Russian attitudes towards America have long been characterized by ambivalence, a mix of admiration and apprehension. Historically, while America “was considered with sympathetic interest as a potential ally . . . the nation was viewed guardedly as a competitor and possible threat. American political ideals, while intriguing to Russian rulers in theory, became intimidating when contemplated in terms of practical application” (Hasty and Fusso 6). This led to a paradoxical view of America, a “suspiciousness and resistance to everything Western . . . miraculously combined with an attraction to and acceptance of its customs, beliefs, symbols, and most elements of the Western way of life” (Shiraev and Makhovskaya 96). After the September 11 attacks, Putin and the majority of Russians expressed sympathy towards America, yet also saw US foreign policy as part of American arrogance and overconfidence. Today, the ambivalence continues; or, as Eric Shiraev and Olga Makhoskaya point out, history is repeating itself: during the Cold War, “Soviet people did not hate Americans; they only disliked America’s social system, its government, and its policies,” while today, “most Russians say they empathize with the American people’s fear of terrorism. But few Russian have any sympathy for the american government, and they categorically reject American international unilateralism” (121).
Stereotypically, Americans are viewed as ignorant, loud-mouthed, and self-interested. CCTV reported in 2014 that anti-American sentiment in Russia was at its highest since the Cold War period, with particular anger directed towards US foreign policies and actions. Mikhail Iossel provides a list of “associations conjured up in the average Russian’s mind at the mentioning of the word America,” including some common visual representations and figures: Indians, Mark Twain and Jack London, cowboys, Coca-Cola, Madonna, Michael Jordan and Michael Jackson, and Shaq (xi). However, of the most interesting things Iossel lists are phrases/thoughts that Russians may use to define Americans:
- arrogant superpower
- flag-waving meatheads
- only respect brute strength and people and nations that can stand up to them
- arrant imperialism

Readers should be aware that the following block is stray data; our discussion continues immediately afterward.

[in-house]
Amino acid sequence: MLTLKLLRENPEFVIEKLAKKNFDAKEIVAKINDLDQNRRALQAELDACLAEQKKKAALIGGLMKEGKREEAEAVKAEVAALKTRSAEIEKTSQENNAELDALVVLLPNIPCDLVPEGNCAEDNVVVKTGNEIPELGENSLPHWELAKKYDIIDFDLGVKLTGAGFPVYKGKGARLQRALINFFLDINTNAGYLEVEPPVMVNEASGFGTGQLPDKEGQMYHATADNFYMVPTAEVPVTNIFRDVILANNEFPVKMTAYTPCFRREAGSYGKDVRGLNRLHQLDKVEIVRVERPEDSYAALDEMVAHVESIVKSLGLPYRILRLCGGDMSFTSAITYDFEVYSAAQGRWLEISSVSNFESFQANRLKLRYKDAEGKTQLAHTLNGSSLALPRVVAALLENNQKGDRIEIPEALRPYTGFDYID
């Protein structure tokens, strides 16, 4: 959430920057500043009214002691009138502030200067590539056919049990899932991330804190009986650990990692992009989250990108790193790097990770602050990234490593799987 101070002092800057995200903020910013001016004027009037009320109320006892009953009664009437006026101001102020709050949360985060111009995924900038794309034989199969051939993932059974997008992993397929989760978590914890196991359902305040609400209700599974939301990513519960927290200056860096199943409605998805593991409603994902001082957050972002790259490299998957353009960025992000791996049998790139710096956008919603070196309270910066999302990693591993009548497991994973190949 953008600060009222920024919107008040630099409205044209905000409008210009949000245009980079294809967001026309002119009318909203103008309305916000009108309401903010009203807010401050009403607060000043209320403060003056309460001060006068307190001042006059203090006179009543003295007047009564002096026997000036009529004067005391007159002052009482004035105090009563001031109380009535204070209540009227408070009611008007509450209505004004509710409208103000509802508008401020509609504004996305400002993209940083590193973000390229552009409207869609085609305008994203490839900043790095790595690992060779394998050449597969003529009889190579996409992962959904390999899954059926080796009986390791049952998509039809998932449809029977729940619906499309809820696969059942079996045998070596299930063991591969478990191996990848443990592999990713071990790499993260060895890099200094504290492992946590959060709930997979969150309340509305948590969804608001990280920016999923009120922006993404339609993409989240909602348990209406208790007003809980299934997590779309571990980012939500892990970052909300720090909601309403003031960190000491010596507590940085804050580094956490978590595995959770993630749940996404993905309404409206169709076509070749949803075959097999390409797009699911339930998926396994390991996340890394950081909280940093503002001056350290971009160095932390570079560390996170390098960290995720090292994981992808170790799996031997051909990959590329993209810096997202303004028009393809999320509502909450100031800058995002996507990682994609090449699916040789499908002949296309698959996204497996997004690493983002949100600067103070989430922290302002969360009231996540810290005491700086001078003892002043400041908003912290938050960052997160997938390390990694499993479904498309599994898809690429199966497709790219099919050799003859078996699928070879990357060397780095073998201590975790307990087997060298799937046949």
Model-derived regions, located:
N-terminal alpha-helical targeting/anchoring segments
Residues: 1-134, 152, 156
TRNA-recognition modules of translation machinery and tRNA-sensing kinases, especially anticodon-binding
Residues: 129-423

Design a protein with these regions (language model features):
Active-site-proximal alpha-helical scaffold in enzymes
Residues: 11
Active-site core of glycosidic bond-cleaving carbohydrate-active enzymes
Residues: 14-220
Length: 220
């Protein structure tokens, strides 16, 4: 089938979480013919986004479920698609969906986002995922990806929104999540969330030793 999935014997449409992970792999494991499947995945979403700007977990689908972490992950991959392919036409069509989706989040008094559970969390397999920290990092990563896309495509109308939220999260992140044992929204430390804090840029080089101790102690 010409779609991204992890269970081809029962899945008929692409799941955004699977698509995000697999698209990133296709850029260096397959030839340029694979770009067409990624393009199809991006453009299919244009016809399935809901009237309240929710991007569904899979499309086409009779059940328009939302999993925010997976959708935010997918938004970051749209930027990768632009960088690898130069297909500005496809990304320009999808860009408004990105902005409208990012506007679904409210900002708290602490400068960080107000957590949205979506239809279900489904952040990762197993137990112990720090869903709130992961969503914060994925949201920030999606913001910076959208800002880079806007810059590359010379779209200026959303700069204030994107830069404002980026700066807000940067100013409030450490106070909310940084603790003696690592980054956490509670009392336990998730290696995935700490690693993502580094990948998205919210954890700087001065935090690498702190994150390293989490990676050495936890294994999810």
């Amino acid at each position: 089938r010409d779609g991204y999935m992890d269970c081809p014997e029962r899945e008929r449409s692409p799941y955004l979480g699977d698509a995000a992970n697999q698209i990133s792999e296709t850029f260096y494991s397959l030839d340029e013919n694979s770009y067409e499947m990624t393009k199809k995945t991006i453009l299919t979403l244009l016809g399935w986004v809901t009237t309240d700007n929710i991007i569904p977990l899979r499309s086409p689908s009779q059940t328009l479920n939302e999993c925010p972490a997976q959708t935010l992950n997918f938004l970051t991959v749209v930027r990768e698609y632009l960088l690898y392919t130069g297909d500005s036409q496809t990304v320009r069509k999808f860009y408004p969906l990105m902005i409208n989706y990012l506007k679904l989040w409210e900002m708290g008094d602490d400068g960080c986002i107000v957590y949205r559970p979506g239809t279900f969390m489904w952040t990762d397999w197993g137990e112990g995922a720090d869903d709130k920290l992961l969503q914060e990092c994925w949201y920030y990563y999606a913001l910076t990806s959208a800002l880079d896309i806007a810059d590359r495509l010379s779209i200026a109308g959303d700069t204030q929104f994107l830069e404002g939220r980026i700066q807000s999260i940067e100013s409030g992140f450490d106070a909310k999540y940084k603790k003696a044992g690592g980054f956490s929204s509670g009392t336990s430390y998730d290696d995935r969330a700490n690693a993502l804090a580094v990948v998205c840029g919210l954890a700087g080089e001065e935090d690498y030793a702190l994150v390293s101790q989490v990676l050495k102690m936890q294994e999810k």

- shameless chauvinism
- how many little American flags one can stick on one’s beat-up car?
- they’re well-off, autonomously well-regulated to the point of being able to have elected as their leader not the sharpest knife in the drawer, not the smartest man among them, to put it charitably
- they like to talk about themselves too much, the self-infatuated creeps
- they smile too much, they show their teeth an awful lot
- they are ludicrously obsessed with their health, such hubris, why are they so bent on prolonging their boring
- whiskey is a much more treacherous drink than vodka, and that sums up the American national character, come to think of it
- single-celled organisms, that’s who they are, with absolutely no psychological depth to them!
- their women are no match for ours, willfully sexless and coldly aggressive, they’re apt to slap you with a lawsuit if you as much as cast a flirtatious glance at them . . .
- they think they’re all that
- they have no shame
- they don’t understand the true meaning of the word friendship
- what do they know about real suffering, they’re rich . . . (xi-xii)
Globally, many countries are still skeptical of American ideas of economic and political freedom. Andrei Tsygankov asserts that, “[w]hile in the West there is growing acceptance of the universal viability of Western market democracy and a human rights-centered world, the non-Western parts of the globe remain wary and skeptical of this view. In various parts of the globe, Western-centered world order projects have often been perceived as unable to promote a just and stable international system because of their exclusively Western orientation and lack of empathetic understanding of other cultures” (Tsygankov 1-2). Some see take a directly aggressive approach, asked what was wrong with Americans and their leadership, why they poke their noses everywhere and impose their will on every country” (Shiraev and Zubok 2).
Today, under the administrations of Putin and Trump, the fate and current status of the Russian-American relationship is unknown. On the one hand, Putin’s position as “a loyal KGB officer without remorse or regret” means that he “grew up in the atmosphere of the ‘old’ Soviet anti-Americanism, which might have left deep imprints in his psyche” (Shiraev and Zubok 140). He too may be skeptical of American intentions, goals, and practices. However, many in the Western world view him as nonconfrontational, with the “Clinton administration and NATO leaders unanimously express[ing] their satisfaction [with his election and] with a robust and young Russian leader who appeared to be capable of making things happen” (139).
Farber, David, editor. What They Think of Us: International Perceptions of the United States since 9/11. Princeton University Press, 2007.
Hasty, Olga Peters, and Susanne Fusso. America Through Russian Eyes: 1874-1926. Yale University Press, 1988.
Iossel, Mikhail, and Jeff Parker, editors. Amerika: Russian Writers View the United States. Dalkey Archive Press, 2004.
Shiraev, Eric, and Vladislav Zubok. Anti-Americanism in Russia: From Stalin to Putin. Palgrave, 2000.
Vishnevetsky, Ignatiy. “The Villain Gap: Why Soviet Movies Rarely Had American Bad Guys.” AV Club, 31 Mar. 2016, https://film.avclub.com/the-villain-gap-why-soviet-movies-rarely-had-american-1798245725.